Controller 96 may drive the sixteen columns of VCSELs 24 that are shown in FIG. 5A in order to create the pattern sequence that is shown in FIG. 4 by actuating different groups of columns in alternation. Thus, the uppermost pattern in FIG. 4 is created by actuating the eight columns at the right side of the array to create a single wide stripe, the next pattern is created by actuating the rightmost four columns on each of the left and right sides of the array to create two stripes, and so forth. The arrangement of common contacts 92 with the corresponding conductor for each column of array 90 is particularly advantageous in simplifying the operation and connections of controller 96 that are needed to generate pattern sequences of this sort. In alternative embodiments, however, optical projection modules comprising grid arrays of emitters with other sorts of addressing schemes may also be driven to generate such pattern sequences.

FIG. 5B is a schematic top view of a monolithic array 94 of VCSELs 24, which has been formed on semiconductor die 22 in accordance with another embodiment of the present invention. Monolithic VCSEL arrays of the sorts shown in FIGS. 5A and 5B have the advantage of high power scalability, and thus make it possible to scale up both the power and the number of columns in the array. FIG. 5B shows the extension of the monolithic VCSEL array of FIG. 5A to thirty-two columns, with a fourfold increase in total power.

The VCSEL dies of FIGS. 5A-B may be mounted in and attached to the leads of a standard lead-frame package, such as the Thin Shrink Small Outline Package (TSSOP). Such packages are typically sealed (with epoxy, for example) after attachment of the die and wire bonding. In the present embodiments, however, the package can be closed over the VCSEL die by a spacer and DOE, as shown in FIGS. 2B-C, for example.

Alternatively, the VCSEL die may be assembled on other substrate, such a silicon wafer. Such a wafer substrate may be passive, used only for fan-out of the VCSEL contacts. Alternatively, the silicon wafer substrate may comprise an active chip, which also includes driver and controller circuits. This latter approach can we achieve better integration and smaller form factor, since it obviates the need for an additional driver chip. It also reduces the number of pins in the assembly, since instead of a pin per column of the VCSELs, pins are needed only for input power, strobe/flash signals, and an I2C or other serial interface, for programming the light emitting code into the controller.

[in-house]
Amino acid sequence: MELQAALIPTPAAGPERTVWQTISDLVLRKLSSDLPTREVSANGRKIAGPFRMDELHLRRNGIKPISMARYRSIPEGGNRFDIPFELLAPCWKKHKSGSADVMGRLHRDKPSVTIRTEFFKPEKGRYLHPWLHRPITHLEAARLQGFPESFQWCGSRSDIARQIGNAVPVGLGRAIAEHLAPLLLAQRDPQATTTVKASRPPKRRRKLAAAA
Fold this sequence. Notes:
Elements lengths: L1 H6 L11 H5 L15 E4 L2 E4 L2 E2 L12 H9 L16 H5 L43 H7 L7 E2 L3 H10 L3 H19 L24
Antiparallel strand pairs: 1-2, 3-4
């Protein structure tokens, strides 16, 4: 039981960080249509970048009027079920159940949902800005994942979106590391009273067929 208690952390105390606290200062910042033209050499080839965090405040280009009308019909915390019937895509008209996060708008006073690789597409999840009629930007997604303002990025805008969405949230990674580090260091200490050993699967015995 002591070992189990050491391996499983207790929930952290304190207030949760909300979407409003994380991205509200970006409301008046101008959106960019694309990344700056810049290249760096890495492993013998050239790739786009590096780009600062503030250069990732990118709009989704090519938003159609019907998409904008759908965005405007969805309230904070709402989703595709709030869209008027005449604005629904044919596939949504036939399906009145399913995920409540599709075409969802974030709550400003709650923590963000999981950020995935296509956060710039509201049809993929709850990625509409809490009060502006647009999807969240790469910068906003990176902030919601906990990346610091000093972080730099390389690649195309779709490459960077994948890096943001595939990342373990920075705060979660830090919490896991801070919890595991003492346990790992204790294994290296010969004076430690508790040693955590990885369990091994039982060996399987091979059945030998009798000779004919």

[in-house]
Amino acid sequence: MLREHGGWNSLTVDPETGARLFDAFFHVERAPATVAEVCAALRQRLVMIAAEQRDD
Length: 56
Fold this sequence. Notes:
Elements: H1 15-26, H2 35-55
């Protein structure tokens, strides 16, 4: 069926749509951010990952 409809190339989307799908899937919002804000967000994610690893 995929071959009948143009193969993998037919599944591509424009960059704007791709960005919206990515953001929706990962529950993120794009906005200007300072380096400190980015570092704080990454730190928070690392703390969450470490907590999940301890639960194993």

The embodiments illustrated in FIGS. 2A-C and FIG. 5A-B assume that light is emitted from the top surface of the VCSELs, and the anodes are connected via wire-bonds. Alternatively, for some wavelength ranges (for instance above 900 nm for GaAs emitters), the VCSELs may be configured to emit light through the substrate. In this case, the VCSELs can be designed for BSI (Back-Side Illumination), and the die may be assembled as a flip-chip on a submount or driver chip.

The upper three patterns shown in FIG. 4 require that the light emitted by the VCSELs in two or more neighboring columns be combined into a single wide stripe, rather than appearing as separate, discrete stripes as shown in FIG. 3. In other words, the bright stripes projected due to emission from adjacent VCSEL columns should be wide enough to meet at their respective edges, without substantial gaps or overlap between the adjoining stripes. This object can be achieved by rotation of the VCSEL array relative to the cylindrical lens, as explained below.

FIG. 6A is a schematic top view of emitter array 90 with a cylindrical lens 98 in an optical projection module, in accordance with an embodiment of the present invention. Array 90 is rotated by a small angle, typically less than 10°, relative to the cylinder axis of lens 98. The rotation angle may advantageously be set to arc tan(√{square root over (3)}/2M), wherein M is the number of emitters in a column of array 90. In this arrangement, each emitter creates a stripe that is slightly offset relative to its neighbors, and these individual stripes combine to form a broader stripe over each of the VCSEL columns. The distance along the X-axis (in the horizontal direction in the figure) between the bottom emitter of one column and the top emitter in the next column is identical to the distance between neighboring emitters.

FIG. 6B is a plot that schematically illustrates temporal variations of the intensity of stripes in a pattern projected by the optical projection module of FIG. 6A, in accordance with an embodiment of the present invention. Traces 100 and 102 in the figure respectively show the intensities along the X-axis of the pattern projected by the module at two alternate times: In trace 100, the even columns of array 90 are actuated, while in trace 102, the odd columns are actuated. The resulting pattern has a 50% duty cycle, and the pattern created by actuation of the odd columns (bottom contacts) is inverse to the pattern created by actuation the even columns (top contacts).

The arrangement shown in FIG. 6A provides the ability to create any desired complementary code, such as the code illustrated by the two traces in FIG. 6B. This arrangement facilitates simple stripe detection in the captured images, using a sequential differential code. By subtracting two sequential images of a complementary code, any intensity variation caused by the scene and ambient light can be eliminated.